This South African property group is dropping ‘elite’ developments – because the economy can’t take it

Property group Baldwin says that it will move away from developing new ‘elite model’ apartment buildings, as the current economic climate in South Africa is not conducive for these types of projects.

The group has published its interim results for the six months ended 21 August 2019, showing a 19% jump in revenue to R1.42 billion.

Ebitda was up 2%, while profit for the year increased 4% to R185 million. Headline earnings per share were up 5% to 40 cents.

Developments under construction – including the value of land, land contribution costs and development costs – increased by R194 million to R3.2 billion, the group noted. Land costs account for approximately 36% of the value of work in progress.

“The group’s focus remains on the execution of its existing development pipeline and it is not actively exploring new land parcels.

“It does, however, remain alert to strategic opportunities in identified nodes and any such opportunities will be contracted in a manner that is not onerous on the cash resources of the group,” it said.

The group operates mainly on a build-to-sell model and is currently developing between 2,000 and 3,500 sectional title residential units per year, with most of its offerings priced in the R600,000 to R1.99 million bracket.

These apartments are designed to have mass appeal, drawing in a wide range of home buyers – particularly first-timers, young professionals and young families.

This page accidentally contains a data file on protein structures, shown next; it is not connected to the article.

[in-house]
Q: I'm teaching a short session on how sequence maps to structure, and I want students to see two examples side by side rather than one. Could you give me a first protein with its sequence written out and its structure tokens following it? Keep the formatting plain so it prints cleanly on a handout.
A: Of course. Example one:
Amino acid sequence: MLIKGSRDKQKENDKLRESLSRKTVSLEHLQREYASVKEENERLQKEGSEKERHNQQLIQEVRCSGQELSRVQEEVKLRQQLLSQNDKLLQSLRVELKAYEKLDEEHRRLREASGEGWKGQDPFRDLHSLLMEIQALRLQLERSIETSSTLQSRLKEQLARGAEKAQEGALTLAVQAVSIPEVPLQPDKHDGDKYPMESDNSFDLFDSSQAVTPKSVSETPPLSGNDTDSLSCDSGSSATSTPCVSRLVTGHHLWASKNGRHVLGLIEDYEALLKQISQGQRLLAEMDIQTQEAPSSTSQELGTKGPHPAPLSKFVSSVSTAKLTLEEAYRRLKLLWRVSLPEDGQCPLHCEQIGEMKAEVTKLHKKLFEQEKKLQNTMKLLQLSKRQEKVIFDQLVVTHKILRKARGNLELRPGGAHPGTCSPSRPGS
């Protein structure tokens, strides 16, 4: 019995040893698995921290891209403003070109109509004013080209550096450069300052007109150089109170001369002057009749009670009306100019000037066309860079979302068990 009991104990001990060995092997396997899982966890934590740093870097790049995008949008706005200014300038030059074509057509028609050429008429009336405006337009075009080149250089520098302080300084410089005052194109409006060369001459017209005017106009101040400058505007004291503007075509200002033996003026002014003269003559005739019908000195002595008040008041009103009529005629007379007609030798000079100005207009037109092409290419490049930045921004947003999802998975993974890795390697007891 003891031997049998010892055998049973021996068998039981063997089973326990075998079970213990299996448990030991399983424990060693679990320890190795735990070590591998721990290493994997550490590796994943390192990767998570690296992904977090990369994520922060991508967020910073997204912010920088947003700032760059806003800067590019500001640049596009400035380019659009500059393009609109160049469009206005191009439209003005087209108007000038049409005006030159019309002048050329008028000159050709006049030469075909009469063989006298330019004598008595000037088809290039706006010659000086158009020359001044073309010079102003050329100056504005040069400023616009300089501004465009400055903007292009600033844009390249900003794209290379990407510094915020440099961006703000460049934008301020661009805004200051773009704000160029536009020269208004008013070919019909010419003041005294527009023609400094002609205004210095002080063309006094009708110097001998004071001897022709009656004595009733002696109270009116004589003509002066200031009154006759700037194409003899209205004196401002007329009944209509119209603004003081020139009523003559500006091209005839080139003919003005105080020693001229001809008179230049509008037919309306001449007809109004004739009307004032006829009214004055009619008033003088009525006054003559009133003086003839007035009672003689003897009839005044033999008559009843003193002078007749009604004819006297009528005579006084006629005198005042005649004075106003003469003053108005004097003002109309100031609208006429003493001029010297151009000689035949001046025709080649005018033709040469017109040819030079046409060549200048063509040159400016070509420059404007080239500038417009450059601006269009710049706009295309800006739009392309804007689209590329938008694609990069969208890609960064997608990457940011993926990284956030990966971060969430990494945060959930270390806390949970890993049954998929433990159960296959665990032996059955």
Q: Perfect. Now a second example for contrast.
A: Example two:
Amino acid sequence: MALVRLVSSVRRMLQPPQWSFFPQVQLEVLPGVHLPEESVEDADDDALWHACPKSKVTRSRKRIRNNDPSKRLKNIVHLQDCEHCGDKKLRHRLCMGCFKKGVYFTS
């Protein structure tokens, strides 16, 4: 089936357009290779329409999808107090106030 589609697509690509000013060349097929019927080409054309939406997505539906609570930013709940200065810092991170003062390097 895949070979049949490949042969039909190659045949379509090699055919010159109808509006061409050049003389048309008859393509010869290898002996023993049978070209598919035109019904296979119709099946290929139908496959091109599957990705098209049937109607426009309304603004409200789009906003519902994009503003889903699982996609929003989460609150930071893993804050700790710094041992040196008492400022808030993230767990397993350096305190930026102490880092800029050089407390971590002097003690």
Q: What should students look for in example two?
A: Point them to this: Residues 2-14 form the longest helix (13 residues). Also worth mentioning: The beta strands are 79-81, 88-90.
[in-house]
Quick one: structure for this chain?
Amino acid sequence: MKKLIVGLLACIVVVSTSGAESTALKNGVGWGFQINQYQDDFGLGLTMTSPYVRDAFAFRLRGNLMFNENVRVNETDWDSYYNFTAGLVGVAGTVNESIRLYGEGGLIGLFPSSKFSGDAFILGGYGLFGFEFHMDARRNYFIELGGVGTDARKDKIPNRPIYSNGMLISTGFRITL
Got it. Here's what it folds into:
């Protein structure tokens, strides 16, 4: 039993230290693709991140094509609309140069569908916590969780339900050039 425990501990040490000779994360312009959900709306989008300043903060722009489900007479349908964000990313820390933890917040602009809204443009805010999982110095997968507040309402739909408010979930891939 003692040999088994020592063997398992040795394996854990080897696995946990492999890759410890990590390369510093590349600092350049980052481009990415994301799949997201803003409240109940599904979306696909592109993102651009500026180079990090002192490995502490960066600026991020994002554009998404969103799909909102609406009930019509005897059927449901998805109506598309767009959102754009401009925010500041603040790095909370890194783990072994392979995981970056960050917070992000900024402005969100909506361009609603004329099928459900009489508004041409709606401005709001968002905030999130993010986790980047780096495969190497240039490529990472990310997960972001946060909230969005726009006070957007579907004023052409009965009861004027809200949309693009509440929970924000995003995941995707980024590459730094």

However, the group has also ventured into an elite model of apartments, where developments are built at a higher spec and often achieve selling points at between R2 million and R3 million.

It currently has two elite model developments within its portfolio – The Polo Fields in Waterfall City and Paardevelei Lifestyle Estate in Somerset West.

However, the group said that the current economic climate does not make this a viable route for its business, and has decided to exit it.

“Considering the prevailing macroeconomic conditions, the group does not intend to continue the elite model developments, and will phase these out once the existing developments are completed,” it said.

The reasons for the move were evident in the group’s financials.

“The rate of sales across the developments was in line with the group’s expectations. Strong sales continue to be recorded at The Blyde (Tshwane East), Ballito Hills (Ballito) and Kikuyu (Waterfall), with sales rates exceeding the development average of approximately 25 apartments per month.

“Conversely, the sales rate at the Balwin elite model developments, namely The Polo Fields (Waterfall) and Paardevlei Lifestyle Estate (Somerset West) continue to be below the sales rate of the core business model developments due to the current challenging economic conditions,” it said.

The group’s gross profit margin for the period was 25%, down from 27% in the comparable period last year.

Among the factors contributing to this contraction, Baldwin specified that there was reduced profitability realised on the elite model developments when compared to the targeted gross margin of the group.

“The group does not intend continuing the elite model developments upon completion of the current elite estates and has changed its sales strategy with respect to the ‘green’ projects in order to maximise returns to shareholders,” it said.

The Polo Fields is expected to be completed in 2023, while the Paardevlei Lifestyle Estate is expected to be completed in 2021.

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This South African property group is dropping ‘elite’ developments – because the economy can’t take it